Social media has given every individual a public voice, and people are eager to share their opinions on the latest hot-button issues. But as a business, it’s important to remain neutral on controversial topics to avoid risking your reputation and losing customers. With your employees actively posting on social media, however, the lines can be blurred on the matter of sharing views that may not necessarily reflect those of the company.
To help business owners handle this situation tactfully and professionally, we asked 13 members of Young Entrepreneur Council the following question:
Controversial topics are bound to come up in a business’s social media accounts. What’s one tip you have for dealing with these issues?
1. Consider what following up might entail
Before responding to cultural flashpoints through brand media channels, one should consider what the follow-up will entail. Purposeful rhetoric is fine, but if the messages of change don’t connect in a meaningful way with your product or service, it’s best to sit back and let other voices be heard. —Magnus Simonarson, Consultwebs
2. Try to remain apolitical
It’s important to try to remain apolitical when it comes to business. Posting political content on business social media, especially at this time, is probably not the best idea for your company’s social media. If someone comments on your business content, whether or not it’s about politics, sometimes it’s best to just leave it there or even just respectfully thank them for their comment. —John Hall, Calendar
3. State your beliefs and stand behind them
As a simple rule of thumb, we try to stay out of politics on social media. If it is unavoidable, our goal is to state our beliefs and stand behind it. We believe you should be proud of who you are and stick to it—don’t hide from it. —Zach Binder, Bell + Ivy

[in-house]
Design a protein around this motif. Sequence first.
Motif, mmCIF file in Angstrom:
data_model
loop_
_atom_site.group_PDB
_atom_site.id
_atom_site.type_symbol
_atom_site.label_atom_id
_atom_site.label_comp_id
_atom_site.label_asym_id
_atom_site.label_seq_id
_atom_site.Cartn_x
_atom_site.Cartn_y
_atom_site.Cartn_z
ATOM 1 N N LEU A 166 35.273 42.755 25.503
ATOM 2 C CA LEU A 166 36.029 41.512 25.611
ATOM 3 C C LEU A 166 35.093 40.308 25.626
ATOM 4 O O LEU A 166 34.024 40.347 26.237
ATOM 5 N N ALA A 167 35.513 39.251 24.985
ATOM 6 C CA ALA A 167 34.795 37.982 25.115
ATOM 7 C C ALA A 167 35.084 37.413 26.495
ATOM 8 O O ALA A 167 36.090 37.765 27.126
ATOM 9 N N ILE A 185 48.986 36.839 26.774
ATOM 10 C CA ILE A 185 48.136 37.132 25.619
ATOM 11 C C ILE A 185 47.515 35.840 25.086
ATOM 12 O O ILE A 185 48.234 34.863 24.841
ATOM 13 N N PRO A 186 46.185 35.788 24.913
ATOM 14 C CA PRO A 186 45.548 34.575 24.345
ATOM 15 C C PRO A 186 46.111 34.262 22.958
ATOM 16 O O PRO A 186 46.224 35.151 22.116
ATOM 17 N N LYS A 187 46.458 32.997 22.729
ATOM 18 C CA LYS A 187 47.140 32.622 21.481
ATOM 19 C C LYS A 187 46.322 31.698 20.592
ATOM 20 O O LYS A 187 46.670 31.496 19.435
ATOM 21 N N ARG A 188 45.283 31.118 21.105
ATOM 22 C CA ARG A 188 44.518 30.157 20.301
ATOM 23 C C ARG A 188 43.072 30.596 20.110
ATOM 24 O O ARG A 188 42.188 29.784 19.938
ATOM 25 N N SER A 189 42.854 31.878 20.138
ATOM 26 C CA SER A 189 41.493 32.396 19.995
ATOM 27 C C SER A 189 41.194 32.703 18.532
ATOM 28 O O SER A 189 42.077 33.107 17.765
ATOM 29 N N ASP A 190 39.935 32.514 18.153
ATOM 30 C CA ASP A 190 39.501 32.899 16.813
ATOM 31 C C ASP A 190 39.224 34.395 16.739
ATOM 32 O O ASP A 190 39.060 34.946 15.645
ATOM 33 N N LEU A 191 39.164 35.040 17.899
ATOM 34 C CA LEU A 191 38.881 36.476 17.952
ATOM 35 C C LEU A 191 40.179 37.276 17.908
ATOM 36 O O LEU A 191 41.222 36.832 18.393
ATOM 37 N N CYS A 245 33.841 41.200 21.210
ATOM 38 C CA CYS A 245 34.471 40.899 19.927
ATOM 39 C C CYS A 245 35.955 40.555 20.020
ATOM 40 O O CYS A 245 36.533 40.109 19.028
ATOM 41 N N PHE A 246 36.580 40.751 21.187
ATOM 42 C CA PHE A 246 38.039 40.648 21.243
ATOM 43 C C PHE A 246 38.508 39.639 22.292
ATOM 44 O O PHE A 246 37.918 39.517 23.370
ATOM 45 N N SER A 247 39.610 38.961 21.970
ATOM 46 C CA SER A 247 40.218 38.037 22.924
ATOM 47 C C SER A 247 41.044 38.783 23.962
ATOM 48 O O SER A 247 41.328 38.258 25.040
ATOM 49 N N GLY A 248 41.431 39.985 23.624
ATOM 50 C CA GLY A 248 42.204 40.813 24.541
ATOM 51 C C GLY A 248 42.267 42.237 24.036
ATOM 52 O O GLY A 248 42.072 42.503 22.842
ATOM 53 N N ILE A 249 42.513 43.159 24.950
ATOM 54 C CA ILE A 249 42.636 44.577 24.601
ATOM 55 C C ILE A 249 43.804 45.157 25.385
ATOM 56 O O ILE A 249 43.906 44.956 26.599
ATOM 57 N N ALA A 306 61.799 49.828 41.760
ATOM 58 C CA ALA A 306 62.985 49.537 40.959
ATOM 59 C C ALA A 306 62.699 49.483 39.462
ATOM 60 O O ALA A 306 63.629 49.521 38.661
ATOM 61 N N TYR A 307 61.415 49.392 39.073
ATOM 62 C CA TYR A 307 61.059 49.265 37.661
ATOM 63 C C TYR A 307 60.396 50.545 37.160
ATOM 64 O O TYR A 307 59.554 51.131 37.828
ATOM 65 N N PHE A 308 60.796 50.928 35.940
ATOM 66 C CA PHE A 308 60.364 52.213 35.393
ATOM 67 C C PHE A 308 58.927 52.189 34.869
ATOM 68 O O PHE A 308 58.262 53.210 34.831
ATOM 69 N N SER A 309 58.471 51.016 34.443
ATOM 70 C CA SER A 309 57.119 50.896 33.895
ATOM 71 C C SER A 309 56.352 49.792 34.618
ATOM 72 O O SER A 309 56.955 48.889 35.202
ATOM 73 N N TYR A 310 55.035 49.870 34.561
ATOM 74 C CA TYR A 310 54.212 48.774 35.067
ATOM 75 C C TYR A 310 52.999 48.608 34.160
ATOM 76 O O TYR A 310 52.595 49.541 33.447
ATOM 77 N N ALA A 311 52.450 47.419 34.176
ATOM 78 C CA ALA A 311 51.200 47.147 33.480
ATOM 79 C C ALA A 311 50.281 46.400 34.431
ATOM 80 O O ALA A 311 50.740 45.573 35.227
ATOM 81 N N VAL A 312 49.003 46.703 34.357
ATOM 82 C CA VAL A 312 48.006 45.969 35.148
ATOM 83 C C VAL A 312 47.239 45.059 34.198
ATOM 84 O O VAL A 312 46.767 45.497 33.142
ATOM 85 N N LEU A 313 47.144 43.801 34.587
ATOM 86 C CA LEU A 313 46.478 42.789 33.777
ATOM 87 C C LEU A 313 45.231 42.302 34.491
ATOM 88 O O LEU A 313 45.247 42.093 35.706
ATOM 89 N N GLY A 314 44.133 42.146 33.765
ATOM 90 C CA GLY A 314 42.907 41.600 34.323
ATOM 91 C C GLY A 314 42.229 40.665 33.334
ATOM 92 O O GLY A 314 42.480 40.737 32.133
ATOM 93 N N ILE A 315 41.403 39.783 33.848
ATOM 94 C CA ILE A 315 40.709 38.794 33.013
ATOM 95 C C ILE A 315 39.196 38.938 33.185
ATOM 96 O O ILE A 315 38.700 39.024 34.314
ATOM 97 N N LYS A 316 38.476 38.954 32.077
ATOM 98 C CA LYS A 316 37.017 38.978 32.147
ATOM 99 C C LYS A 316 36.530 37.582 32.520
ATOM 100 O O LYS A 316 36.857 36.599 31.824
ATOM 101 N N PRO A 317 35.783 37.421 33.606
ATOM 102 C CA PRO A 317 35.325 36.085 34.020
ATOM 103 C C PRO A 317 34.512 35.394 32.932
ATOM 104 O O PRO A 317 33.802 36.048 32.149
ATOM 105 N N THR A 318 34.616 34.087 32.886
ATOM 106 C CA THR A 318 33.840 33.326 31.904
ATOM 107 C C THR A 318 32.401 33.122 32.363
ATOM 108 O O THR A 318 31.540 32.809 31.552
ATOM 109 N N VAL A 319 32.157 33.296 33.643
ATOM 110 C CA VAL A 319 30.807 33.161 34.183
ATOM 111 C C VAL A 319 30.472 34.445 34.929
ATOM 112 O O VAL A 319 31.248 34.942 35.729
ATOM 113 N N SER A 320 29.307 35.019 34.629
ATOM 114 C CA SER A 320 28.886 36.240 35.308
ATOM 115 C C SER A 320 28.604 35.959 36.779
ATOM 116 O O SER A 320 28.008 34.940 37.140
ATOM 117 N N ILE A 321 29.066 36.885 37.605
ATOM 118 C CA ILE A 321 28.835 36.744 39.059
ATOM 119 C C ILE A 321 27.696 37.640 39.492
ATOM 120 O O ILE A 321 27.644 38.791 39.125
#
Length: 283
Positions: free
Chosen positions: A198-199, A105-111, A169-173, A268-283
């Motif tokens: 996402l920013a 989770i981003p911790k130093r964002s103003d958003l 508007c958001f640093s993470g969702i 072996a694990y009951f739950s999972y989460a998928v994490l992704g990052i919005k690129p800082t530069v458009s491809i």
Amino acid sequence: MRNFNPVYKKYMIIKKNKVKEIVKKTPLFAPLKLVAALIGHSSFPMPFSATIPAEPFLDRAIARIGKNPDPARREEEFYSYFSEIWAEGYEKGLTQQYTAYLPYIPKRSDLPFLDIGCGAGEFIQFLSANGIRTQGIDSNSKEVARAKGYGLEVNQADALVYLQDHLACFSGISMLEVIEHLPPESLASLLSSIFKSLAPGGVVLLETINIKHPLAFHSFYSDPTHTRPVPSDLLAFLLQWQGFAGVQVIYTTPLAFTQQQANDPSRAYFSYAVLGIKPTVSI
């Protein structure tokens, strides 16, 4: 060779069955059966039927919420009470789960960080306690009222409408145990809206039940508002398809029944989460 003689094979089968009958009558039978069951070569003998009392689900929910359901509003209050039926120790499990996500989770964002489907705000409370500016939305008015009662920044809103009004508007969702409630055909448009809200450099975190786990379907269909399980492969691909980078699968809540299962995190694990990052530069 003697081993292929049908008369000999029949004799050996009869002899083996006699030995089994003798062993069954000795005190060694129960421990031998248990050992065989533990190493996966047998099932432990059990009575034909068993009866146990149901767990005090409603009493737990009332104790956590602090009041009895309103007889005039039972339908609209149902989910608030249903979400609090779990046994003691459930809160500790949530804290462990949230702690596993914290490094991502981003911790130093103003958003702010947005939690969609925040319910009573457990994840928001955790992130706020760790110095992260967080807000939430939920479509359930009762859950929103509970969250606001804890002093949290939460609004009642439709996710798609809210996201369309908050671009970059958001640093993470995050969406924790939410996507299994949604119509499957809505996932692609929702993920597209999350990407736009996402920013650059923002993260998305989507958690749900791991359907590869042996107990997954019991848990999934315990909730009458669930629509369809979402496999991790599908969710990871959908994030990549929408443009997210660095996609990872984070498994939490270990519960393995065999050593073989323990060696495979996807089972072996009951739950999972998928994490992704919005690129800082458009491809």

4. Clearly define your policy on what can be posted
It’s important to have a clearly defined policy on what can be posted on your business pages. Of course, another possibility is that customers or random trolls will post something on your pages. In that case, all you can do is remove it, which is why you have to monitor your social media all the time. If necessary, apologize if something inappropriate gets posted. —Kalin Kassabov, ProTexting
5. Remain true to your core values
Make sure that you stick with your brand’s core values. Ultimately, if your brand has certain core values, that will always rule over the culture that you are creating and what eventually gets communicated via social media. Ensure that you have a strong strategy for communicating, and know which topics you are prepared to avoid. —Nicole Munoz, Nicole Munoz Consulting, Inc.
6. Don’t argue over controversial topics on social media
A war in Instagram comments makes your brand look terrible, even if you feel justified in your opinions. It’s worth having a discussion with your team about what types of comments will be deleted (outright hate speech, for example), and which will be allowed to stay (controversial opinions that aren’t meant to cause harm). Once you have your rules in place, stick to them. —Diana Goodwin, MarketBox